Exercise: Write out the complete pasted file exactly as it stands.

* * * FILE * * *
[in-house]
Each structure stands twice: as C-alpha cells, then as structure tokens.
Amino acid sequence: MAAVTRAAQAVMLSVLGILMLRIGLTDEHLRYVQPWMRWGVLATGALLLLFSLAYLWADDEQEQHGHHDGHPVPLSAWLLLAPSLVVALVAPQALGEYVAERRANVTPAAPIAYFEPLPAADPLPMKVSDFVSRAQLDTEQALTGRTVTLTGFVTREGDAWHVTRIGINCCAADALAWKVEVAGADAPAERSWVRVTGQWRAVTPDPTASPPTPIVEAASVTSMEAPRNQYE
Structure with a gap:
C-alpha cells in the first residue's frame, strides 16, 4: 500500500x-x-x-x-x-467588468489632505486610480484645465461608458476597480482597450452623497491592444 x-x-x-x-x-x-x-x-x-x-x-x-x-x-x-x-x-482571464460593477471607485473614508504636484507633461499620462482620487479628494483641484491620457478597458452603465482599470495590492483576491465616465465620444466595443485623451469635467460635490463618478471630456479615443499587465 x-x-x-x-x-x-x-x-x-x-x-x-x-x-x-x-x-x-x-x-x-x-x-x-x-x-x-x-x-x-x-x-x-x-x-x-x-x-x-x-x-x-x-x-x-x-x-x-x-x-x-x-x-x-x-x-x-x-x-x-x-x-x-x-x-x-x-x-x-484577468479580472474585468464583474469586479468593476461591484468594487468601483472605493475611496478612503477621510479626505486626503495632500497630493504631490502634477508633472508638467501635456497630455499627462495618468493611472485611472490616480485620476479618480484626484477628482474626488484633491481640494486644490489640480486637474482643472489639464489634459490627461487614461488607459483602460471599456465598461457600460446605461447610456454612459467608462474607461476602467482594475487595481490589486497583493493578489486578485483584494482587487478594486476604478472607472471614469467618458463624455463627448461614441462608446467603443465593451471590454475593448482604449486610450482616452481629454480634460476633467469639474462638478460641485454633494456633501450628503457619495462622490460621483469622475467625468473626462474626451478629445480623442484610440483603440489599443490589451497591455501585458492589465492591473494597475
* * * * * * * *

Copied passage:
[in-house]
Each structure stands twice: as C-alpha cells, then as structure tokens.
Amino acid sequence: MAAVTRAAQAVMLSVLGILMLRIGLTDEHLRYVQPWMRWGVLATGALLLLFSLAYLWADDEQEQHGHHDGHPVPLSAWLLLAPSLVVALVAPQALGEYVAERRANVTPAAPIAYFEPLPAADPLPMKVSDFVSRAQLDTEQALTGRTVTLTGFVTREGDAWHVTRIGINCCAADALAWKVEVAGADAPAERSWVRVTGQWRAVTPDPTASPPTPIVEAASVTSMEAPRNQYE
Structure with a gap:
C-alpha cells in the first residue's frame, strides 16, 4: 500500500x-x-x-x-x-467588468489632505486610480484645465461608458476597480482597450452623497491592444 x-x-x-x-x-x-x-x-x-x-x-x-x-x-x-x-x-482571464460593477471607485473614508504636484507633461499620462482620487479628494483641484491620457478597458452603465482599470495590492483576491465616465465620444466595443485623451469635467460635490463618478471630456479615443499587465 x-x-x-x-x-x-x-x-x-x-x-x-x-x-x-x-x-x-x-x-x-x-x-x-x-x-x-x-x-x-x-x-x-x-x-x-x-x-x-x-x-x-x-x-x-x-x-x-x-x-x-x-x-x-x-x-x-x-x-x-x-x-x-x-x-x-x-x-x-484577468479580472474585468464583474469586479468593476461591484468594487468601483472605493475611496478612503477621510479626505486626503495632500497630493504631490502634477508633472508638467501635456497630455499627462495618468493611472485611472490616480485620476479618480484626484477628482474626488484633491481640494486644490489640480486637474482643472489639464489634459490627461487614461488607459483602460471599456465598461457600460446605461447610456454612459467608462474607461476602467482594475487595481490589486497583493493578489486578485483584494482587487478594486476604478472607472471614469467618458463624455463627448461614441462608446467603443465593451471590454475593448482604449486610450482616452481629454480634460476633467469639474462638478460641485454633494456633501450628503457619495462622490460621483469622475467625468473626462474626451478629445480623442484610440483603440489599443490589451497591455501585458492589465492591473494597475